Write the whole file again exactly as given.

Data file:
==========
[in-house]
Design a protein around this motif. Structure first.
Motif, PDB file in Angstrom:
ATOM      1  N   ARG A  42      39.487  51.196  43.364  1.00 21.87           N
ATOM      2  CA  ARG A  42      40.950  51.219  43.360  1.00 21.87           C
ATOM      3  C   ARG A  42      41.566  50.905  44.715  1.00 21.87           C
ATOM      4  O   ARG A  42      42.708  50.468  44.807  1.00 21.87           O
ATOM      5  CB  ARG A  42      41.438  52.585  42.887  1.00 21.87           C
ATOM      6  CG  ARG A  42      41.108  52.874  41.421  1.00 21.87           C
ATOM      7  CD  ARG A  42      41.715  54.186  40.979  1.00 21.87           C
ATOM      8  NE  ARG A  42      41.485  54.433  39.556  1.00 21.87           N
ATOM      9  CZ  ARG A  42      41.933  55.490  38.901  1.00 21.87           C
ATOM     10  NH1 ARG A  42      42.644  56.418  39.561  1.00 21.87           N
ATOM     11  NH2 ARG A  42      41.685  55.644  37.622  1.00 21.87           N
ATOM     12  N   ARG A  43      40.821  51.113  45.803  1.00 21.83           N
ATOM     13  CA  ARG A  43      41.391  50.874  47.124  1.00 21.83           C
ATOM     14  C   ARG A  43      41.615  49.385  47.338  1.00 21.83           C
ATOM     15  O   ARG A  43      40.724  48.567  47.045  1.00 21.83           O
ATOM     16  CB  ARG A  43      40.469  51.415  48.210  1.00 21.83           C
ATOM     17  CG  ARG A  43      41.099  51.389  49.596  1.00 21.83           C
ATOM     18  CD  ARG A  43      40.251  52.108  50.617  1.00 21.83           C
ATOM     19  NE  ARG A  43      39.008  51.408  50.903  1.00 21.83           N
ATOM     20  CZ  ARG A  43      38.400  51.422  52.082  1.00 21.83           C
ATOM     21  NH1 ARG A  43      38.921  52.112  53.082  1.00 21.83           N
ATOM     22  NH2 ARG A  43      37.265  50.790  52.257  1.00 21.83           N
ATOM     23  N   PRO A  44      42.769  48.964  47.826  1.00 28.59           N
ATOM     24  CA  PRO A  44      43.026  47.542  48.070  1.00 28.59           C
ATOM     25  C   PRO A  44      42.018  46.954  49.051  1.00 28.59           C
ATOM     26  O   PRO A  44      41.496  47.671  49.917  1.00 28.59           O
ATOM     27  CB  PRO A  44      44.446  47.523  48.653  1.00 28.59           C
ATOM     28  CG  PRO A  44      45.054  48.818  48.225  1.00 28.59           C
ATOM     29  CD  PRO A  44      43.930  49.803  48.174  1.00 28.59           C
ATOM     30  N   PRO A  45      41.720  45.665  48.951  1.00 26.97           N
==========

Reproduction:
[in-house]
Design a protein around this motif. Structure first.
Motif, PDB file in Angstrom:
ATOM      1  N   ARG A  42      39.487  51.196  43.364  1.00 21.87           N
ATOM      2  CA  ARG A  42      40.950  51.219  43.360  1.00 21.87           C
ATOM      3  C   ARG A  42      41.566  50.905  44.715  1.00 21.87           C
ATOM      4  O   ARG A  42      42.708  50.468  44.807  1.00 21.87           O
ATOM      5  CB  ARG A  42      41.438  52.585  42.887  1.00 21.87           C
ATOM      6  CG  ARG A  42      41.108  52.874  41.421  1.00 21.87           C
ATOM      7  CD  ARG A  42      41.715  54.186  40.979  1.00 21.87           C
ATOM      8  NE  ARG A  42      41.485  54.433  39.556  1.00 21.87           N
ATOM      9  CZ  ARG A  42      41.933  55.490  38.901  1.00 21.87           C
ATOM     10  NH1 ARG A  42      42.644  56.418  39.561  1.00 21.87           N
ATOM     11  NH2 ARG A  42      41.685  55.644  37.622  1.00 21.87           N
ATOM     12  N   ARG A  43      40.821  51.113  45.803  1.00 21.83           N
ATOM     13  CA  ARG A  43      41.391  50.874  47.124  1.00 21.83           C
ATOM     14  C   ARG A  43      41.615  49.385  47.338  1.00 21.83           C
ATOM     15  O   ARG A  43      40.724  48.567  47.045  1.00 21.83           O
ATOM     16  CB  ARG A  43      40.469  51.415  48.210  1.00 21.83           C
ATOM     17  CG  ARG A  43      41.099  51.389  49.596  1.00 21.83           C
ATOM     18  CD  ARG A  43      40.251  52.108  50.617  1.00 21.83           C
ATOM     19  NE  ARG A  43      39.008  51.408  50.903  1.00 21.83           N
ATOM     20  CZ  ARG A  43      38.400  51.422  52.082  1.00 21.83           C
ATOM     21  NH1 ARG A  43      38.921  52.112  53.082  1.00 21.83           N
ATOM     22  NH2 ARG A  43      37.265  50.790  52.257  1.00 21.83           N
ATOM     23  N   PRO A  44      42.769  48.964  47.826  1.00 28.59           N
ATOM     24  CA  PRO A  44      43.026  47.542  48.070  1.00 28.59           C
ATOM     25  C   PRO A  44      42.018  46.954  49.051  1.00 28.59           C
ATOM     26  O   PRO A  44      41.496  47.671  49.917  1.00 28.59           O
ATOM     27  CB  PRO A  44      44.446  47.523  48.653  1.00 28.59           C
ATOM     28  CG  PRO A  44      45.054  48.818  48.225  1.00 28.59           C
ATOM     29  CD  PRO A  44      43.930  49.803  48.174  1.00 28.59           C
ATOM     30  N   PRO A  45      41.720  45.665  48.951  1.00 26.97           N